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US tax authorities admit Tea Party scrutiny

The US Internal Revenue Service building is shown in Washington on July 21, 2007
The US Internal Revenue Service building is shown in Washington on July 21, 2007. US tax authorities admitted targeting around 75 groups associated with the ultra-conservative Tea Party movement, triggering a furious response from Republican officials aga

US tax authorities on Friday admitted targeting around 75 groups associated with the ultra-conservative Tea Party movement, triggering a furious response from Republican officials against President Barack Obama's administration.

The Internal Revenue Service (IRS) said in a statement it had inadvertently targeted nonprofits with the word "Tea Party" or "patriot" in their title when assessing applications for tax-exempt status.

"Mistakes were made initially, but they were in no way due to any political or partisan rationale," the IRS said in a statement.

"We fixed the situation last year and have made significant progress in moving the centralized cases through our system."

"The IRS also stresses that our employees - all career civil servants -- will continue to be guided by tax law and not partisan issues."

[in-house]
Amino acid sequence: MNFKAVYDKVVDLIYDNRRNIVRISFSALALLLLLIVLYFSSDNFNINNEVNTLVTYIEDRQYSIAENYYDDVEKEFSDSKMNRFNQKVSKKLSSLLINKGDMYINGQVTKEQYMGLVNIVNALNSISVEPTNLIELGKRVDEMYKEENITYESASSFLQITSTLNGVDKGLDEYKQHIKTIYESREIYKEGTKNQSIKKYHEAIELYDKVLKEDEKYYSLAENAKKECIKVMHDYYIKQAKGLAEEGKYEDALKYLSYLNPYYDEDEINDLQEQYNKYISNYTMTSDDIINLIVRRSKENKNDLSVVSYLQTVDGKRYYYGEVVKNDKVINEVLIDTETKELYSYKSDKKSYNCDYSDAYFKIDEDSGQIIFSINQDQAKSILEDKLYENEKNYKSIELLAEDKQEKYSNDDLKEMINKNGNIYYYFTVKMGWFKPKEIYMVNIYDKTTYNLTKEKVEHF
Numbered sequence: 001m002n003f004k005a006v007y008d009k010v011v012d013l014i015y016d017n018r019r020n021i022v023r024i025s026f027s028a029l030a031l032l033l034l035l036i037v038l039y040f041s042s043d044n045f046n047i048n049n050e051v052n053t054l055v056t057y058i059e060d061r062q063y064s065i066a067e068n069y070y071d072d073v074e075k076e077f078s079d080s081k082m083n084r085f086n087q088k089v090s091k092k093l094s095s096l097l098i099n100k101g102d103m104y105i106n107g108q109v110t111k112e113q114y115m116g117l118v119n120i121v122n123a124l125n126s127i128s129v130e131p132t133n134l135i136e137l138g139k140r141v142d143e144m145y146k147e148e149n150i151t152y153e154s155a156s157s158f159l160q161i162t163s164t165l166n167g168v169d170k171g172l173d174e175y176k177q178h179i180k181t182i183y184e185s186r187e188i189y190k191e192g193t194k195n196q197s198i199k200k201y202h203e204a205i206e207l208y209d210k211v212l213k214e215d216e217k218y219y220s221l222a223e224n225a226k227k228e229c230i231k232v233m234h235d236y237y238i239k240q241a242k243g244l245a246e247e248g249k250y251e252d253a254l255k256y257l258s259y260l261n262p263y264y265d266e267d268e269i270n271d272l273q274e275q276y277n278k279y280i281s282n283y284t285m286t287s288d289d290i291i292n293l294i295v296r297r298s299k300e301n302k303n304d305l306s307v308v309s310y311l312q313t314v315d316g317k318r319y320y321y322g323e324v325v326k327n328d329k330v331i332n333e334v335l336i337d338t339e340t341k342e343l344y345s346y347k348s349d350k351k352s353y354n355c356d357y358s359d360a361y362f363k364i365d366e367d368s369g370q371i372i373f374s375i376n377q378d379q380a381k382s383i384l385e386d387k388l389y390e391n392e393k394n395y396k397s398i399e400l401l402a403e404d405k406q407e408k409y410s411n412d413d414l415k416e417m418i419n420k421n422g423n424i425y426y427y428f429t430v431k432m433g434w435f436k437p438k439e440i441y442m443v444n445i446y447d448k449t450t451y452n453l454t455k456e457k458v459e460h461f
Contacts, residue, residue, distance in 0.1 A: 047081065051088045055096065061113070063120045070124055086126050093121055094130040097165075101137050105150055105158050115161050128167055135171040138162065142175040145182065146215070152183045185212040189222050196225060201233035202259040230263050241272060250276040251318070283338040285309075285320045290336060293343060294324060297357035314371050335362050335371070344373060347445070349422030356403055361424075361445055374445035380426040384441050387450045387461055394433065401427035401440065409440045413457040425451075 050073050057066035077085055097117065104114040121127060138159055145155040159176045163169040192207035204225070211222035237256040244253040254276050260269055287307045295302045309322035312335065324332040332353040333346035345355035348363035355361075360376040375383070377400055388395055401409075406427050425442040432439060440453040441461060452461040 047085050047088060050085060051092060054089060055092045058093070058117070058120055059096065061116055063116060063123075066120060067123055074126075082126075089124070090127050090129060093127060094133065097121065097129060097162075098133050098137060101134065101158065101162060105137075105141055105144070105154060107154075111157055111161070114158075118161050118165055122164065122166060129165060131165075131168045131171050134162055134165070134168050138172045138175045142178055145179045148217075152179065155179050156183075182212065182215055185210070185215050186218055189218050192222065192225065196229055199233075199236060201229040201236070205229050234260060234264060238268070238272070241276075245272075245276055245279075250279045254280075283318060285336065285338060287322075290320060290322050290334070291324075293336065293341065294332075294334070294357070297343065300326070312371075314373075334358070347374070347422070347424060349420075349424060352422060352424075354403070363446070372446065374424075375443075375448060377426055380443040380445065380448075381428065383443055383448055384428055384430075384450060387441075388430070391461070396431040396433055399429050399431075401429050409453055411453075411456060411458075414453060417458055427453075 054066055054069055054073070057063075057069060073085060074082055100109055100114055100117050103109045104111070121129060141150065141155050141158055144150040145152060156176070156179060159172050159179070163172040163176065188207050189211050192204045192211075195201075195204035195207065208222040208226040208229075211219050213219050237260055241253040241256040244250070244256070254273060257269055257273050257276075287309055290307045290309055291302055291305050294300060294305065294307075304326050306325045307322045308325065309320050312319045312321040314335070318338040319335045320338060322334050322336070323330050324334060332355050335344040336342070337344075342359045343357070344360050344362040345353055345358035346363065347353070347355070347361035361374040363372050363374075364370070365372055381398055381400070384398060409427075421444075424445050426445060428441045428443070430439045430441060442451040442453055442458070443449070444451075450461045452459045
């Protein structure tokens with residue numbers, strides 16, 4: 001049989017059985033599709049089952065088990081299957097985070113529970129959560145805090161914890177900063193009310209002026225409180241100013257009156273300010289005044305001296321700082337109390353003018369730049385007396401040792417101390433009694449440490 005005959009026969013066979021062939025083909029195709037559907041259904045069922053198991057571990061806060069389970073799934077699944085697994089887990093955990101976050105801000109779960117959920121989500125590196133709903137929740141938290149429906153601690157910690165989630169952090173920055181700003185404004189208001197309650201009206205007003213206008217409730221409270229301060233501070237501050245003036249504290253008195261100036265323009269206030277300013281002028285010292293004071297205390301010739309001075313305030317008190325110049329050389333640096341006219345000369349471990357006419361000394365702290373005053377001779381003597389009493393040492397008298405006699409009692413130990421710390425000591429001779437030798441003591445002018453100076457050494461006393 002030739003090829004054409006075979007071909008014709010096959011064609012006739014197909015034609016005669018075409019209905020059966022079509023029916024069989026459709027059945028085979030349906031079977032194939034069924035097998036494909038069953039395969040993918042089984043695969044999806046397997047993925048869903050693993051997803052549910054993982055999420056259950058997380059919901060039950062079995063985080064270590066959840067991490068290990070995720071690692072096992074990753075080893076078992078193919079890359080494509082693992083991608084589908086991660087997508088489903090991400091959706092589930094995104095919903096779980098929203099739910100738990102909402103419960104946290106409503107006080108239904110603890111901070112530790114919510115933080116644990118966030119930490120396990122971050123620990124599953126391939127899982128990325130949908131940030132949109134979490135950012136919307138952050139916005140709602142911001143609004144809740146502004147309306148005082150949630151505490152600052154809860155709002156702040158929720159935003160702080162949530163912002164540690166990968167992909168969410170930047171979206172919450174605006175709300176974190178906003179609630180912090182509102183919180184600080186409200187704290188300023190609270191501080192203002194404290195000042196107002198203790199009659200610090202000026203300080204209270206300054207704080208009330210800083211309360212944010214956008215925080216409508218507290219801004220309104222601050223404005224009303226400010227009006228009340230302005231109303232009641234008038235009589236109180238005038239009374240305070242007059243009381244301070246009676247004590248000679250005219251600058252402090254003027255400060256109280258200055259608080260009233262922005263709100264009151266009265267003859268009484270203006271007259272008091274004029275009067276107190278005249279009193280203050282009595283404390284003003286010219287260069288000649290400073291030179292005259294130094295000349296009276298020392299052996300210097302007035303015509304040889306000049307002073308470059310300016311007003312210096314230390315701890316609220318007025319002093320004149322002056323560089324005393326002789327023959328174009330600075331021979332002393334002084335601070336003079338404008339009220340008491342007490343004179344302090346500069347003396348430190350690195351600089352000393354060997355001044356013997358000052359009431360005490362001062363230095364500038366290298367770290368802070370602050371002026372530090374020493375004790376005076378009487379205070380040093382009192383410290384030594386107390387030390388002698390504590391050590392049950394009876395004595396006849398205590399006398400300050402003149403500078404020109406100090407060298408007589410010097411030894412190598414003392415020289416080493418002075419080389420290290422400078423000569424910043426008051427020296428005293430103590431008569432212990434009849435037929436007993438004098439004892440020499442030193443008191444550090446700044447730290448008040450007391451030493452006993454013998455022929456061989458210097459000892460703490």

Republicans immediately seized on the IRS apology, decrying it as evidence of party political discrimination by a federal agency.

"The admission by the Obama administration that the Internal Revenue Service targeted political opponents echoes some of the most shameful abuses of government power in 20th-century American history," Republican House of Representatives speaker John Boehner said in a statement.

"This kind of political thuggery has absolutely no place in our politics," Republican Senator Mitch McConnell added.

White House officials meanwhile reiterated that the IRS was an independent agency with only two political appointees, but called for appropriate action to be taken against anyone found to have acted improperly.

"The IRS, as you know, is an independent enforcement agency with only two political appointees," spokesman Jay Carney said.

"There is no question that if this activity took place, it's inappropriate and there needs to be action taken ... And the president would expect that it be thoroughly investigated and action would be taken."

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